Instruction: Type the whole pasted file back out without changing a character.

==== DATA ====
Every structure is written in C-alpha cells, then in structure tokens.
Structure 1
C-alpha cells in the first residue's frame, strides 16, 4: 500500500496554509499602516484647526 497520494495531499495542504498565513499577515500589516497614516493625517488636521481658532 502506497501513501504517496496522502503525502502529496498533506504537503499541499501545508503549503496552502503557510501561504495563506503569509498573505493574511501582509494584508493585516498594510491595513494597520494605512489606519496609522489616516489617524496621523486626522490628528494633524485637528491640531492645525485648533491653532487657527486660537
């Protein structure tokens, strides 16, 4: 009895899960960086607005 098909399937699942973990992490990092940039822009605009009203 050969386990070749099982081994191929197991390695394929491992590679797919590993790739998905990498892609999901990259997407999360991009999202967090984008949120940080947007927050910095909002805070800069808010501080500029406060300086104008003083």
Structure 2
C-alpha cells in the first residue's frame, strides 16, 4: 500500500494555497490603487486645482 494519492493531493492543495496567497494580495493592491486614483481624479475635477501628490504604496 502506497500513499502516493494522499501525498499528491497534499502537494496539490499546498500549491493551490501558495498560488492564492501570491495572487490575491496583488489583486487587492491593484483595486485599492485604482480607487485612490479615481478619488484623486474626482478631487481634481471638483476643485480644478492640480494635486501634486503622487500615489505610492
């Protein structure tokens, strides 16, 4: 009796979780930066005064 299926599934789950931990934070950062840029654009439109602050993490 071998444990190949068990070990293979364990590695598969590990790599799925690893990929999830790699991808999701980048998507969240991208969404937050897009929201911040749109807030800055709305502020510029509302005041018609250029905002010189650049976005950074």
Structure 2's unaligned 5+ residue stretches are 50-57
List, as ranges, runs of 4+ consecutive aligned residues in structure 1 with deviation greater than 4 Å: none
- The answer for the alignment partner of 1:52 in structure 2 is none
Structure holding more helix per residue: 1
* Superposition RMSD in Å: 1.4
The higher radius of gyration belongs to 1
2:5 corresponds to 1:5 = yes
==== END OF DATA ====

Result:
Every structure is written in C-alpha cells, then in structure tokens.
Structure 1
C-alpha cells in the first residue's frame, strides 16, 4: 500500500496554509499602516484647526 497520494495531499495542504498565513499577515500589516497614516493625517488636521481658532 502506497501513501504517496496522502503525502502529496498533506504537503499541499501545508503549503496552502503557510501561504495563506503569509498573505493574511501582509494584508493585516498594510491595513494597520494605512489606519496609522489616516489617524496621523486626522490628528494633524485637528491640531492645525485648533491653532487657527486660537
């Protein structure tokens, strides 16, 4: 009895899960960086607005 098909399937699942973990992490990092940039822009605009009203 050969386990070749099982081994191929197991390695394929491992590679797919590993790739998905990498892609999901990259997407999360991009999202967090984008949120940080947007927050910095909002805070800069808010501080500029406060300086104008003083």
Structure 2
C-alpha cells in the first residue's frame, strides 16, 4: 500500500494555497490603487486645482 494519492493531493492543495496567497494580495493592491486614483481624479475635477501628490504604496 502506497500513499502516493494522499501525498499528491497534499502537494496539490499546498500549491493551490501558495498560488492564492501570491495572487490575491496583488489583486487587492491593484483595486485599492485604482480607487485612490479615481478619488484623486474626482478631487481634481471638483476643485480644478492640480494635486501634486503622487500615489505610492
């Protein structure tokens, strides 16, 4: 009796979780930066005064 299926599934789950931990934070950062840029654009439109602050993490 071998444990190949068990070990293979364990590695598969590990790599799925690893990929999830790699991808999701980048998507969240991208969404937050897009929201911040749109807030800055709305502020510029509302005041018609250029905002010189650049976005950074």
Structure 2's unaligned 5+ residue stretches are 50-57
List, as ranges, runs of 4+ consecutive aligned residues in structure 1 with deviation greater than 4 Å: none
- The answer for the alignment partner of 1:52 in structure 2 is none
Structure holding more helix per residue: 1
* Superposition RMSD in Å: 1.4
The higher radius of gyration belongs to 1
2:5 corresponds to 1:5 = yes